If the narrator of your story needs to stay outside the action, then Omni is the right POV. Michener chose Omni in his epic novels for that very reason. He wanted Hawaii, Alaska, and Texas to each stand alone as the all-important protagonist. Choosing 3rd or 1st person for any one of these works would have created an intimacy between reader and narrator that would have lessened the impact and importance of Hawaii, Alaska, or Texas as the leading character.
In less formal stories, Omni creates a problem for many writers because they believe it gives them license to head-hop. Many writers have shown me text that states Omni is a god-like character telling the events of a story that only he or she knows.
Therefore, why can’t they head-hop?
There’s a difference between God telling you what John and Julie are thinking versus “John and Julie” telling you. The trick is to always remember Omni, a unique and distinct character, is telling the reader what Jack thought or did or felt. It’s not Jack showing them. That’s why Omni not only is able to tell you what Jack thinks of Steve driving drunk, but can also show you the police car waiting up the road, or the innocent bystander using the crosswalk ahead of them. Omni switches from one point of view character to the next in a smooth, gentle fashion that your reader will very quickly learn to trust.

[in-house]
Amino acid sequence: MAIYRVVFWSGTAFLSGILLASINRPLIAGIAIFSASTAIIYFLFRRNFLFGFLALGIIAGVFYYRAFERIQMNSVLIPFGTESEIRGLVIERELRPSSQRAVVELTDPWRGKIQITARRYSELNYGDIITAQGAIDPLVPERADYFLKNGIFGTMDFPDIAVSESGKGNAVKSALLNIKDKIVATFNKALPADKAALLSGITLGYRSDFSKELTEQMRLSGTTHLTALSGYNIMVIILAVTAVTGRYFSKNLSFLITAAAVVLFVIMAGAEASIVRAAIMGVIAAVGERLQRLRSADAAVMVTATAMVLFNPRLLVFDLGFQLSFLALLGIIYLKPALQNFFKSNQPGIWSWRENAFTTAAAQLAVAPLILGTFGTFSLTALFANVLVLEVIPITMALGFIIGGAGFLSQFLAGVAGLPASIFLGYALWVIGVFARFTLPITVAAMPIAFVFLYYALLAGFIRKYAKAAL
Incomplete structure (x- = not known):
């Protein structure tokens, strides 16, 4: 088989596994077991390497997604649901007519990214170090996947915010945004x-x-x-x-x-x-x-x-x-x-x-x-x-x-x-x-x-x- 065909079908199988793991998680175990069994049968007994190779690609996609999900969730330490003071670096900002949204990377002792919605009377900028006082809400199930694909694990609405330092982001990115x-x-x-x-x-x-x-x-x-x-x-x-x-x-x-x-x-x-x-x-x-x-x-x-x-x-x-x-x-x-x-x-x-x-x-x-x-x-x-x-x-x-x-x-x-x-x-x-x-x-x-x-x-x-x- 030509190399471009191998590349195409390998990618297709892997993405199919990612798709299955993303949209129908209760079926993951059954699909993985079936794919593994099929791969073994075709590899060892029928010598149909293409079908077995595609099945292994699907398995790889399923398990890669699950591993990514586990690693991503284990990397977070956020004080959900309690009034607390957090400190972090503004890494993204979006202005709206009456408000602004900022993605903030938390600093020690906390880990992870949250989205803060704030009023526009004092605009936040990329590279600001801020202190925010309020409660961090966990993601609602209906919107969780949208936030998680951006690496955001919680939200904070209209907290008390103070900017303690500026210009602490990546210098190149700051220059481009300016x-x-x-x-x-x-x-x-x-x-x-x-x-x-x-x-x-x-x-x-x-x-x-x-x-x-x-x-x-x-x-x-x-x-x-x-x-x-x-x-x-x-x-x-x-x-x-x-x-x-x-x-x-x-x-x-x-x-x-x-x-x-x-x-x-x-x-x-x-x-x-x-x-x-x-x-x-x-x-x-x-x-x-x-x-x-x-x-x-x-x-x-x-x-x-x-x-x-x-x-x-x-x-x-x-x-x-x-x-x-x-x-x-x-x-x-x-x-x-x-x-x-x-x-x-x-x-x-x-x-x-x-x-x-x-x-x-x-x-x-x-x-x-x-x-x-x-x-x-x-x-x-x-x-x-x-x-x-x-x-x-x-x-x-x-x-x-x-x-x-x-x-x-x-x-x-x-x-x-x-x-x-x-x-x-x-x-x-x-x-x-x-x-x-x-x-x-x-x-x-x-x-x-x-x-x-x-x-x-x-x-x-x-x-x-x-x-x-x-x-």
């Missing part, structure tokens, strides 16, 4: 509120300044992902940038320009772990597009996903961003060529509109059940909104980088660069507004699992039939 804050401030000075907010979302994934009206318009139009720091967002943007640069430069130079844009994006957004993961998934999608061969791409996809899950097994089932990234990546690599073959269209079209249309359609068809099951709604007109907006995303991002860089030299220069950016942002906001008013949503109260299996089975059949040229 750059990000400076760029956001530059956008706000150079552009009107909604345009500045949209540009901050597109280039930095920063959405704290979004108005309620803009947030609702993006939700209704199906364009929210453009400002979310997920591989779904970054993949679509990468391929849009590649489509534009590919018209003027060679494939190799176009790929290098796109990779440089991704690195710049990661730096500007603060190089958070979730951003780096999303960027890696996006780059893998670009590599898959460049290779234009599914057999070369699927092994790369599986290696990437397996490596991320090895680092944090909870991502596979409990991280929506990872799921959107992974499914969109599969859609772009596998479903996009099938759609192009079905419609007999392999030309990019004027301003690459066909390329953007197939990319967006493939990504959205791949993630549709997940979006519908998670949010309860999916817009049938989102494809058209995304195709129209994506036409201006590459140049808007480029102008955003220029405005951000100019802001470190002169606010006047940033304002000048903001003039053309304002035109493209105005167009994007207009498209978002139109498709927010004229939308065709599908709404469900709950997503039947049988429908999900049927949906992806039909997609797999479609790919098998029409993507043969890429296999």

While Omni is more formal and less intimate, on the grand scale of things, as in epics like Michener’s, Omni is your man. One suggestion though, when choosing Omni, make him a unique, formidable, and intriguing character. Give him a voice just as entertaining and endearing as any character. Or make him as non-descriptive as possible. And limit head hopping. Every time a writer jumps from one protagonist in a scene into the head of another, they risk disrupting the intimate (there’s that word again) relationship forming between reader and character.